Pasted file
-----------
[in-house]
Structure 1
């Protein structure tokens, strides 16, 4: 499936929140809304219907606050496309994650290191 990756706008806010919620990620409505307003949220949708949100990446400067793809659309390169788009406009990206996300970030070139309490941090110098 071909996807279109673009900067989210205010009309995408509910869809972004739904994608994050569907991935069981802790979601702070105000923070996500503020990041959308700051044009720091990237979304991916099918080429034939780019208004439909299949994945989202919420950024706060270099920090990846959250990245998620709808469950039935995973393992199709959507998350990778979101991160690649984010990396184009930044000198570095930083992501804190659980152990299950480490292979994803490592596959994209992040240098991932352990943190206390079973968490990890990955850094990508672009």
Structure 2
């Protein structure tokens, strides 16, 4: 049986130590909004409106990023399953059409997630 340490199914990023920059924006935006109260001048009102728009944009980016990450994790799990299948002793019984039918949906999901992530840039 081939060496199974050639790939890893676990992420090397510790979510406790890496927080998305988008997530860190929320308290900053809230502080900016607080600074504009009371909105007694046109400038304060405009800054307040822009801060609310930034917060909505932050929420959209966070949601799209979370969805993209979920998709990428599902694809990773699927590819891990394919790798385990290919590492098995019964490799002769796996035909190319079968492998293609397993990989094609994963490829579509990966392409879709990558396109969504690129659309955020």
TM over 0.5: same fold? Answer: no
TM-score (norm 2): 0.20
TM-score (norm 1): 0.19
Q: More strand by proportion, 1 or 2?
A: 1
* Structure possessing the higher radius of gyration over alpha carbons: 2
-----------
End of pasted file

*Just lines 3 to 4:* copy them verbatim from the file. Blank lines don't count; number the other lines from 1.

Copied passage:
């Protein structure tokens, strides 16, 4: 499936929140809304219907606050496309994650290191 990756706008806010919620990620409505307003949220949708949100990446400067793809659309390169788009406009990206996300970030070139309490941090110098 071909996807279109673009900067989210205010009309995408509910869809972004739904994608994050569907991935069981802790979601702070105000923070996500503020990041959308700051044009720091990237979304991916099918080429034939780019208004439909299949994945989202919420950024706060270099920090990846959250990245998620709808469950039935995973393992199709959507998350990778979101991160690649984010990396184009930044000198570095930083992501804190659980152990299950480490292979994803490592596959994209992040240098991932352990943190206390079973968490990890990955850094990508672009």
Structure 2